(Hanukkah was originally celebrated for eight days because the Jews were making up for the eight days of Sukkot, which they’d been forced to skip because the Temple had been seized.)

“Historically Hanukkah is simply a late Sukkot,” Springer says. “Sukkot is commanded in the bible, but Hanukkah isn’t commanded anywhere. And suddenly we invent Hanukkah and we say we’re ‘commanded’ to say these prayers for this holiday we invented. So even Hanukkah itself is a radical act. You always have to be incorporating the story of your people in its own day.”

“I wear tefillin every morning,” says Conservative rabbi, Rachel Ain, of Sutton Place Synagogue. “They’re black and what all the men wear. I find it so powerful. I also wear a kippah, but it’s a beaded kippah and I have a tallit that was made for me – it’s green and purple and blue – and it’s very feminine and very halachic. Would Rabbi Kurzweil call it Hellenizing? I say it’s innovating.”

Seth Schwartz, Professor of Classical Jewish Civilization at Columbia University, balks at the idea of reading contemporary meaning into the Hanukkah paradigm at all.

“I’m against meaning,” he tells me. “There’s no meaning; there’s just history. The Maccabean revolt is taking place in a world that is so different from ours that it’s unimaginable. Assimilation is not a term which I feel works when you’re talking about a group of people living under imperial denomination.”

Schwartz means that the Jewish Maccabees rebelled chiefly because of Antiochus’ royal edict, and he says it’s misleading to claim “the Maccabee revolt was a civil war between progressive Jews and reactionary Jews;” that’s an exaggerated storyline Schwartz says “many liberal rabbis learned in rabbinical school.”

I understand the professor’s just-the-facts-ma’am perspective, but symbolism endures, precisely because rabbis are always breathing meaning into history; that’s clearly the project of keeping ancient stories alive.

And it was hard for me not to see the echoes of Maccabee-Hellenist tension this very month, while organizing a panel discussion about Hanukkah at the Jewish Theological Seminary, the main training academy for Conservative rabbis and scholars. I invited representatives from Agudath Israel (an ultra-Orthodox communal organization) and Chabad to take part. Agudath said they wouldn’t — or couldn’t — sit on the JTS stage with non-Orthodox rabbis:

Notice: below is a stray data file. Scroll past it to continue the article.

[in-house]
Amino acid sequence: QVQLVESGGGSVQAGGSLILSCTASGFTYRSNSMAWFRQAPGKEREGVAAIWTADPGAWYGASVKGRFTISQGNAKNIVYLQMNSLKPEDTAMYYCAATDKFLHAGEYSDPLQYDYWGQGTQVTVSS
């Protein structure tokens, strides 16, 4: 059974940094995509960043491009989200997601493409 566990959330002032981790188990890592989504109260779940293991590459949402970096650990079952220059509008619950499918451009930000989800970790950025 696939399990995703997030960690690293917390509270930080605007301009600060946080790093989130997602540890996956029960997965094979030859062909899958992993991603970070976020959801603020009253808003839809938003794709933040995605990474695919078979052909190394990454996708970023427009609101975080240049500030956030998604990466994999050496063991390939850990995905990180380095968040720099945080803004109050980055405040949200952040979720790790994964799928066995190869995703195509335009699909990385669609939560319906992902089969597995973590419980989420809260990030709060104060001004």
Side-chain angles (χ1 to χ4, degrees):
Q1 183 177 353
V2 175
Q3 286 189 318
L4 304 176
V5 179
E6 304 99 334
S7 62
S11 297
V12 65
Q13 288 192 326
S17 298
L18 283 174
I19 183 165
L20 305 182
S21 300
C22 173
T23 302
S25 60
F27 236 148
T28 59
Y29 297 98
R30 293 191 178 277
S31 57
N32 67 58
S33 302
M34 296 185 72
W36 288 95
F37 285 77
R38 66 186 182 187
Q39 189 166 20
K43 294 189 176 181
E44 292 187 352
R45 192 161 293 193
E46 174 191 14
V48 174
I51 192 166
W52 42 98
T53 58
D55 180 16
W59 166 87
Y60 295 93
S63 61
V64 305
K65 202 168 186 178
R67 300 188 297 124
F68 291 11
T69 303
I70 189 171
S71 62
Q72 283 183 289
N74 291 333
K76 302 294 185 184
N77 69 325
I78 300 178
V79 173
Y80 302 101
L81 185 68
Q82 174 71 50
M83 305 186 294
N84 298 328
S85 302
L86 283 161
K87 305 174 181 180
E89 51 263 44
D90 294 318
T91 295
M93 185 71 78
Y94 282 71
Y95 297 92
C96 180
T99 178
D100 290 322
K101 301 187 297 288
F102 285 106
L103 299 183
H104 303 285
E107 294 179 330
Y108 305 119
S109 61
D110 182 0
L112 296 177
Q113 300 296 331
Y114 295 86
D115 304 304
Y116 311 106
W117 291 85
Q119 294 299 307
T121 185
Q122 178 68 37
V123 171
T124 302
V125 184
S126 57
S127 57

“Agudath Israel’s policy with regard to involvement with non-Orthodox institutions prevents me from accepting,” wrote Rabbi Avi Shafran, Agudath’s Director of Public Affairs, who has invited me to spend a Sabbath with his family.

His email went on: “That policy is a sort of ‘civil-disobedience statement,’ intended as an alternative to shouting from the rooftops that we don’t accept any model of ‘multiple Judaisms.’ So, instead, we opt to not do anything that might send a subtle or subliminal message to the contrary. Sorry. Really. But I do deeply appreciate your reaching out on this.”

When I told Shafran that I’d like to quote his email, he asked me to “please make sure the readers know that I consider all Jews to be my brothers and sisters, regardless of affiliations or levels of observance.”

Chabad-Lubavitch’s director of media relations, Rabbi Motti Seligson, never explained why no Chabad rabbi was available for the panel.

I couldn’t help but feel disillusionment, however naïve. I’d been aware of these deep philosophical divisions, but I hadn’t anticipated the impossibility of sharing a stage, especially when the topic is a Jewish

holiday — not something like the incendiary politics of the Middle East.

Sociologist Steven M. Cohen helped explain it to me. “To sit with you and me individually in a café is fine,” he said. “Possibly to sit with you and me and speak at a JCC may be okay. But the second that you bring in a rabbi, then you bring in a religious functionary who represents a system of thought and culture that actively denies some of their deeply-held principles. So from their point of view, they can’t do that — they can’t extend any honor to a rabbi of a non-Orthodox tradition.”

Of course, divisions among Jews have been a fact of Jewish life since before the Maccabees. But I have a Pollyannaish view that there is wisdom to be gained from every perspective, and it seems not only counterproductive, but fundamentally un-Jewish, to draw bright lines around our camps and declare them irreconcilable.

Yet I keep being reminded that the lines matter to people.

So if Hanukkah celebrates those who refused to blend in, where does that leave those of us who, to one degree or another, already have?

“It’s a very hard religion,” Steinsaltz says, as he sits at the Aleph Society in Midtown Manhattan. “I don’t think there’s a religion in the world that makes more demands on people. So the idea of the Maccabean fight was, Can you keep your identity?… The Talmud says if all the holidays disappear, Hanukkah will stay. Because first of all, the point of the holiday is not the miracle and it’s not the war; it’s our ability to continue as what we are. It was about 2,300 years ago and still we continue…. That’s what we commemorate about Hanukkah: we still exist.”

That is an undisputed Maccabee message I can embrace: we go on. In our own specific way.

I wouldn’t say I’m comfortable with a fixed or tiered Judaism. But I certainly subscribe to the miracle of our endurance. And I’m beginning to understand that endurance may require difference. Though many are uncomfortable with highlighting what sets us apart, this is a holiday that telegraphs it: We are not the same; We hold on to our rituals and we put menorahs in our windows to remind the world that we are distinct and we are still here.